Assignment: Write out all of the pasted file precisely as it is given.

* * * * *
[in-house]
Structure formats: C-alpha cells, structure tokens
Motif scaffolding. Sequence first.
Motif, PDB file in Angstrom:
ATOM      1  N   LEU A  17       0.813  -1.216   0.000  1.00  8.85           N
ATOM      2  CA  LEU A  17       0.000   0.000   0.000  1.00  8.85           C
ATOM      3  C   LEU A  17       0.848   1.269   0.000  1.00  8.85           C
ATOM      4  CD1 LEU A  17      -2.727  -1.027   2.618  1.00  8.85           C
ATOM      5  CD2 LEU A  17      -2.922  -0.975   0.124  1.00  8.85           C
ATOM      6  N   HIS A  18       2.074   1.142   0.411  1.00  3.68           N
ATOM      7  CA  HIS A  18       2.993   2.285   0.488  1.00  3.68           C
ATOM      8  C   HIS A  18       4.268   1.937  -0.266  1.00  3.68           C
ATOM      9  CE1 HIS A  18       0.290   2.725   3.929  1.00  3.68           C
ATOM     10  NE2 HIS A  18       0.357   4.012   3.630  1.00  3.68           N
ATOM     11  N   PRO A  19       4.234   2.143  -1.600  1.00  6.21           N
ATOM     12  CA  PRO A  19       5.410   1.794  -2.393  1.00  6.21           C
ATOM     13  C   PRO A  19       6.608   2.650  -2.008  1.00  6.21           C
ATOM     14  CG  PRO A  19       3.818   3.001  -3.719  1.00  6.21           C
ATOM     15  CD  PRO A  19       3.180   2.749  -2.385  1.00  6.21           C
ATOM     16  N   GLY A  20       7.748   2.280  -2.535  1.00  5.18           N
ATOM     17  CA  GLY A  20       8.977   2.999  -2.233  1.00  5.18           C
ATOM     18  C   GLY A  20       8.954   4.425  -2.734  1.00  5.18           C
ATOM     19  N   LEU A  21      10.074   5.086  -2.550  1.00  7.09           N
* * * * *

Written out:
[in-house]
Structure formats: C-alpha cells, structure tokens
Motif scaffolding. Sequence first.
Motif, PDB file in Angstrom:
ATOM      1  N   LEU A  17       0.813  -1.216   0.000  1.00  8.85           N
ATOM      2  CA  LEU A  17       0.000   0.000   0.000  1.00  8.85           C
ATOM      3  C   LEU A  17       0.848   1.269   0.000  1.00  8.85           C
ATOM      4  CD1 LEU A  17      -2.727  -1.027   2.618  1.00  8.85           C
ATOM      5  CD2 LEU A  17      -2.922  -0.975   0.124  1.00  8.85           C
ATOM      6  N   HIS A  18       2.074   1.142   0.411  1.00  3.68           N
ATOM      7  CA  HIS A  18       2.993   2.285   0.488  1.00  3.68           C
ATOM      8  C   HIS A  18       4.268   1.937  -0.266  1.00  3.68           C
ATOM      9  CE1 HIS A  18       0.290   2.725   3.929  1.00  3.68           C
ATOM     10  NE2 HIS A  18       0.357   4.012   3.630  1.00  3.68           N
ATOM     11  N   PRO A  19       4.234   2.143  -1.600  1.00  6.21           N
ATOM     12  CA  PRO A  19       5.410   1.794  -2.393  1.00  6.21           C
ATOM     13  C   PRO A  19       6.608   2.650  -2.008  1.00  6.21           C
ATOM     14  CG  PRO A  19       3.818   3.001  -3.719  1.00  6.21           C
ATOM     15  CD  PRO A  19       3.180   2.749  -2.385  1.00  6.21           C
ATOM     16  N   GLY A  20       7.748   2.280  -2.535  1.00  5.18           N
ATOM     17  CA  GLY A  20       8.977   2.999  -2.233  1.00  5.18           C
ATOM     18  C   GLY A  20       8.954   4.425  -2.734  1.00  5.18           C
ATOM     19  N   LEU A  21      10.074   5.086  -2.550  1.00  7.09           N